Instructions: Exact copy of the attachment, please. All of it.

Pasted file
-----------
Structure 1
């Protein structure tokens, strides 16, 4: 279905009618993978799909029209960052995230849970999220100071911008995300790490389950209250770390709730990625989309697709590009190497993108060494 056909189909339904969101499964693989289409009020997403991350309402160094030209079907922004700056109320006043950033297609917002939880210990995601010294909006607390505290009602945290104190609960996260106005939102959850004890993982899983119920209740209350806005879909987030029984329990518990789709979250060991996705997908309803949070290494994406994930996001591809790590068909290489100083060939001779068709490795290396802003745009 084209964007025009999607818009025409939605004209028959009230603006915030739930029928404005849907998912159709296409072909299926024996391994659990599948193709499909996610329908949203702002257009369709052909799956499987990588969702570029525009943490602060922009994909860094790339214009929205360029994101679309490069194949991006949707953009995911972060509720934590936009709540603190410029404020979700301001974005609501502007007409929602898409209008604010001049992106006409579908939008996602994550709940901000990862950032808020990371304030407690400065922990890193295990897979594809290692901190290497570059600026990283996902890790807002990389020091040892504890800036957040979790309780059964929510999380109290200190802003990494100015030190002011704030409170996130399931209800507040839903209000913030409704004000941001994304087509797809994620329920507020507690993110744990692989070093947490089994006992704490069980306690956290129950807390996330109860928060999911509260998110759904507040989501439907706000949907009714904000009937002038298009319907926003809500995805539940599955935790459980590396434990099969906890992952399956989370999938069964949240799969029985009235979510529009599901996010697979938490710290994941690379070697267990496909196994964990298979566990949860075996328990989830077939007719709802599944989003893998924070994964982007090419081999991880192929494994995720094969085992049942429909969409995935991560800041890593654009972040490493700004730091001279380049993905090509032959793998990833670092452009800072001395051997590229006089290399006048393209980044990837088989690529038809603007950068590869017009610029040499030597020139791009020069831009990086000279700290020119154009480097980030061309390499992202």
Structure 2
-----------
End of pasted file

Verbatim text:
Structure 1
């Protein structure tokens, strides 16, 4: 279905009618993978799909029209960052995230849970999220100071911008995300790490389950209250770390709730990625989309697709590009190497993108060494 056909189909339904969101499964693989289409009020997403991350309402160094030209079907922004700056109320006043950033297609917002939880210990995601010294909006607390505290009602945290104190609960996260106005939102959850004890993982899983119920209740209350806005879909987030029984329990518990789709979250060991996705997908309803949070290494994406994930996001591809790590068909290489100083060939001779068709490795290396802003745009 084209964007025009999607818009025409939605004209028959009230603006915030739930029928404005849907998912159709296409072909299926024996391994659990599948193709499909996610329908949203702002257009369709052909799956499987990588969702570029525009943490602060922009994909860094790339214009929205360029994101679309490069194949991006949707953009995911972060509720934590936009709540603190410029404020979700301001974005609501502007007409929602898409209008604010001049992106006409579908939008996602994550709940901000990862950032808020990371304030407690400065922990890193295990897979594809290692901190290497570059600026990283996902890790807002990389020091040892504890800036957040979790309780059964929510999380109290200190802003990494100015030190002011704030409170996130399931209800507040839903209000913030409704004000941001994304087509797809994620329920507020507690993110744990692989070093947490089994006992704490069980306690956290129950807390996330109860928060999911509260998110759904507040989501439907706000949907009714904000009937002038298009319907926003809500995805539940599955935790459980590396434990099969906890992952399956989370999938069964949240799969029985009235979510529009599901996010697979938490710290994941690379070697267990496909196994964990298979566990949860075996328990989830077939007719709802599944989003893998924070994964982007090419081999991880192929494994995720094969085992049942429909969409995935991560800041890593654009972040490493700004730091001279380049993905090509032959793998990833670092452009800072001395051997590229006089290399006048393209980044990837088989690529038809603007950068590869017009610029040499030597020139791009020069831009990086000279700290020119154009480097980030061309390499992202």
Structure 2